At first it can be confusing learning to read limits for Bodily Injury Liability since there are 2 sets of numbers such as 100/300.

The first number is the maximum coverage for Bodily Injury Liability for one person injured in an accident (in thousands). The second number is the maximum coverage for Bodily Injury Liability for one accident (in thousands).

In basic language this 100/300 stands for $100,000 per person for bodily injuries sustained in one accident and topping out at a maximum payout of $300,000 for all claims against the Bodily Injury Liability coverage. So the 100 is for the maximum $100,000 per person coverage and the 300 is for the maximum $300,000 limit for all bodily injury claims from one incident or accident.

Bodily Injury Liability (BI) insurance is coverage for other people's injuries or death for which you are responsible. Bodily Injury Liability coverage can also provide legal defense if another party in the accident files a lawsuit against you. In general, you will want enough BI insurance to cover a judgment against you in a lawsuit, so that your personal assets are not put at risk. You should always buy the maximum amount of insurance that you can afford.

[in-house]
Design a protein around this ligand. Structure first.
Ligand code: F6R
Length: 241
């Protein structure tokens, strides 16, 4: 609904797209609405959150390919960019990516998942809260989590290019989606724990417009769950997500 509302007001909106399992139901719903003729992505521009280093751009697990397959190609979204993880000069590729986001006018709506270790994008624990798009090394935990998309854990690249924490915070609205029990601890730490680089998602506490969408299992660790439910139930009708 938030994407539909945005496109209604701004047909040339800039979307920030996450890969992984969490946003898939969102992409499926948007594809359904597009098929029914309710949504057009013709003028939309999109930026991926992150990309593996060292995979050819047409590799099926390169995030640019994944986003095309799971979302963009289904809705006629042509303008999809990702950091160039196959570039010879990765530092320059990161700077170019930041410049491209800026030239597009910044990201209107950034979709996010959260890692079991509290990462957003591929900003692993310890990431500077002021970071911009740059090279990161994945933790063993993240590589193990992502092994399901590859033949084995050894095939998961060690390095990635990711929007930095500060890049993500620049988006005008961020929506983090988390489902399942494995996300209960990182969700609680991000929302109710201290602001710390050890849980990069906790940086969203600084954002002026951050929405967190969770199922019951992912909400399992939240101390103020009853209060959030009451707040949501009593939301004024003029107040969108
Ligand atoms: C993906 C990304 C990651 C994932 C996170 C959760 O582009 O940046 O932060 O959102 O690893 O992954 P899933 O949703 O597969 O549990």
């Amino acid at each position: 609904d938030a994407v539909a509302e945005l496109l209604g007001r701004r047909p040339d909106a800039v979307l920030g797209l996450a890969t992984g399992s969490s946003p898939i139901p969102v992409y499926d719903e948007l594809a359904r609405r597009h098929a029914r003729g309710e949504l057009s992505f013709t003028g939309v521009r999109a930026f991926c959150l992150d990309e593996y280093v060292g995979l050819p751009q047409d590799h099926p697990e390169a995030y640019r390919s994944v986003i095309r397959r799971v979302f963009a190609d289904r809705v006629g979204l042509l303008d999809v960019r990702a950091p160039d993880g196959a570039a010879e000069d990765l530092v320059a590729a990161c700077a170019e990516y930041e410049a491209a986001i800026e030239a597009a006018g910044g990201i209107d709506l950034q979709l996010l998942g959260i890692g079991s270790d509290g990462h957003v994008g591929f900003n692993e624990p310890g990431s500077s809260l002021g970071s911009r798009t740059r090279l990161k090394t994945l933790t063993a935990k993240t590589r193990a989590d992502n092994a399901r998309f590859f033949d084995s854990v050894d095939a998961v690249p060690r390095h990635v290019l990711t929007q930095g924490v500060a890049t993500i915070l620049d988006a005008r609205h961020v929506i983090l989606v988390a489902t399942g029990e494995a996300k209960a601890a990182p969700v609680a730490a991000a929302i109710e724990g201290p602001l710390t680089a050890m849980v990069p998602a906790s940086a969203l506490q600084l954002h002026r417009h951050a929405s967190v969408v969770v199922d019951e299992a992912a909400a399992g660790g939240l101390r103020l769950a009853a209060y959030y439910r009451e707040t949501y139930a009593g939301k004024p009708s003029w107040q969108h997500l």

The first part of determining how much Bodily Injury Liability insurance you need is finding out your state minimum insurance requirements. You will need Bodily Injury Liability limits of this amount and possibly more so that your house and personal items are not put in jeopardy if a lawsuit comes about due to a lawsuit. The amount you asked about of 100/300 is the recommended amount. The dual coverage limits refer to the maximum amounts that will be paid per person, per incident, respectively.

If you select limits that are too low, you could be putting yourself at risk financially. For example, if either you or a driver covered by your policy cause a serious injury where damages exceed your limits, you will be held responsible for the amount above your limits. To make that payment, you could be forced to liquidate property, savings, and other assets, or your future earnings could be attached. By purchasing liability limits to account for both your current assets and future net worth, you can help protect yourself against this risk.

Determining if you need bodily injury insurance coverage above your state's minimum limits, will depend upon your own personal situation. The insurance industry's recommended coverage amount is 100/300. This would give you coverage of $100,000 per person for a total of $300,000 per incident as we discussed.